Tom Chilton, long time Game Designer, has been with World of Warcraft since Alpha in 2004. Tom just recently announced that he will be handing over the reigns of Game Director to Lead Developer, Ion Hazzikostas. He is not leaving Blizzard but stated he is working on a new “Blizzard” project, which makes you wonder of the possibilities of a new World of Warcraft in the works.
Greetings fellow WoW players,
It’s been a little over a month since we launched Legion, and it’s been awesome to see players enjoying so many different aspects of the expansion—leveling up their characters and Artifacts, diving into World Quests, taking on the Emerald Nightmare. Legion PvP Season 1 is going strong, and some of the best Arena teams from around the world are competing for a chance to battle on the big stage at BlizzCon.
Soon we’ll be releasing our first new content update for the expansion—Patch 7.1: Return to Karazhan—which opens up the Mythic 5-player Karazhan dungeon, continues the story of Suramar, introduces a new raid, and adds even more World Quests and other content. But that’s just the start of it, as we have what we believe to be an extremely exciting patch plan for the rest of the expansion.
For me, Legion has been more than just another expansion, though—it’s the culmination of more than a decade of work with one of the best development teams I’ve ever had the pleasure to be a part of. And it’s with a mix of excitement, sadness, and gratitude that I’m saying farewell to the WoW team and moving on to a new adventure within Blizzard.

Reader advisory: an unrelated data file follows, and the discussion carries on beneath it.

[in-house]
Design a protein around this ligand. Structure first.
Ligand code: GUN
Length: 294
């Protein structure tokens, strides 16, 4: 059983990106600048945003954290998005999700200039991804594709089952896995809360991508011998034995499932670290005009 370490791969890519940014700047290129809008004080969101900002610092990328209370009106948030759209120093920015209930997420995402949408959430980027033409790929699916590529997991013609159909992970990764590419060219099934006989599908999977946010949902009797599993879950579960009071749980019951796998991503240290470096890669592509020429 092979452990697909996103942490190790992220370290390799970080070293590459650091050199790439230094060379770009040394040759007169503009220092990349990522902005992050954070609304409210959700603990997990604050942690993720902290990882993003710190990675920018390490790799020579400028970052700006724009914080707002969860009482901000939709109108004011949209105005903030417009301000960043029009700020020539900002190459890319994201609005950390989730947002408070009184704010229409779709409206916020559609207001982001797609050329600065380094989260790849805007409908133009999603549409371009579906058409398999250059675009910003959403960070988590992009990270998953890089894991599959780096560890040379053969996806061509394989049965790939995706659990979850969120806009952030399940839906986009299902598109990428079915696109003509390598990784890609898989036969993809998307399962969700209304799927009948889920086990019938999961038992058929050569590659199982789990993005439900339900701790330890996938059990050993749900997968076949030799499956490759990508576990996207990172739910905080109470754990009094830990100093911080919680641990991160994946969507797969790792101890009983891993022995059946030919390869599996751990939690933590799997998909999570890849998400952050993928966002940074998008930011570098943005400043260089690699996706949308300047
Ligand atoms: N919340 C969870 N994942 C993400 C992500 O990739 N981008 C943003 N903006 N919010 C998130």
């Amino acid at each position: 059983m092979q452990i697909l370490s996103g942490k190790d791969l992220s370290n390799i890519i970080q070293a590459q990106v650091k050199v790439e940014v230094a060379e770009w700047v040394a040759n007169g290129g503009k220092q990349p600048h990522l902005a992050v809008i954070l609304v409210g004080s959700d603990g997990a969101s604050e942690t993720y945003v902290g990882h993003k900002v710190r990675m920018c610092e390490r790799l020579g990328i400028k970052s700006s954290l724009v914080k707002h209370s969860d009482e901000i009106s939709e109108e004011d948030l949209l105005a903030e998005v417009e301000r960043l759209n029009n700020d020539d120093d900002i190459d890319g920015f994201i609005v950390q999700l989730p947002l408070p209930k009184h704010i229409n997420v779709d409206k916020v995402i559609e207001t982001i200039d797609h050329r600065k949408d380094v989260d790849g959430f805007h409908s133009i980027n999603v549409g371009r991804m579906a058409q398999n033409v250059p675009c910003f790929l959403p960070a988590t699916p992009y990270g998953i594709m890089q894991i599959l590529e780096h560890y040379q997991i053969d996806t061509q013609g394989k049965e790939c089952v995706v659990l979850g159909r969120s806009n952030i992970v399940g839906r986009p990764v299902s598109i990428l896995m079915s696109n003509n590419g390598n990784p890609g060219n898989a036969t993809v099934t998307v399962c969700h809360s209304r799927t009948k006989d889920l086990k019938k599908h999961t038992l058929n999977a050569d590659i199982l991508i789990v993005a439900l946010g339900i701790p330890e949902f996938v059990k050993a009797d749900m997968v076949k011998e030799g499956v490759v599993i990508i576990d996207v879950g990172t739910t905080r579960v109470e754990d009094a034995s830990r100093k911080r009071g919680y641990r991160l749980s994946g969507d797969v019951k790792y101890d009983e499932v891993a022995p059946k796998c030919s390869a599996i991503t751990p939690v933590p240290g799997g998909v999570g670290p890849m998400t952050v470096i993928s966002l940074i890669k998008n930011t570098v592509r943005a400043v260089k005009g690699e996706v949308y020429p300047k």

In 2004, before I was fortunate enough to have the opportunity to serve as game director, I started on the World of Warcraft team as a senior game designer. As you can imagine, World of Warcraft was quite a bit different in 2004. Early that year, there were just 60 of us on the team. Around that time in the Friends and Family Alpha, questing was only available up to level 25—for the Alliance only—and the Horde wasn’t playable at all. Some players were even using dial-up modem connections to access the test.
Many on the team still debated on whether the Horde and Alliance should be separated into factions. (We know how that one turned out.) Several other core features of the game didn’t even exist, including raids and PvP. We’ve come a long way since then, with six expansions under our belts to go along with countless raids, dungeons, Battlegrounds, features, and more.
My personal journey working on WoW as Game Director is at an end, but my journey with Blizzard isn’t. I’ll still be here, but will be focusing on another project within the company. However, it’s with great pleasure that I announce Ion Hazzikostas will be taking my place as Game Director for World of Warcraft.
I know that WoW will be in great hands with Ion at the helm. He’s been an integral part of the team for more than eight years and has contributed to so many aspects of the game’s development—from class design to encounter design and nearly everything in between. He also has an amazing team at his side—the same epic crew that brought you all the content you’re enjoying in Legion.
As a member of the WoW team, I can assure you that the future for World of Warcraft continues to be bright—and as a player, I’m excited to discover what’s in store next alongside all of you. World of Warcraft is the product of the passion of both the team and all of its players, so I’d also like to thank each of you for the wonderful journey that working on the WoW development team has been.
Thank you, and may you have many more epic adventures!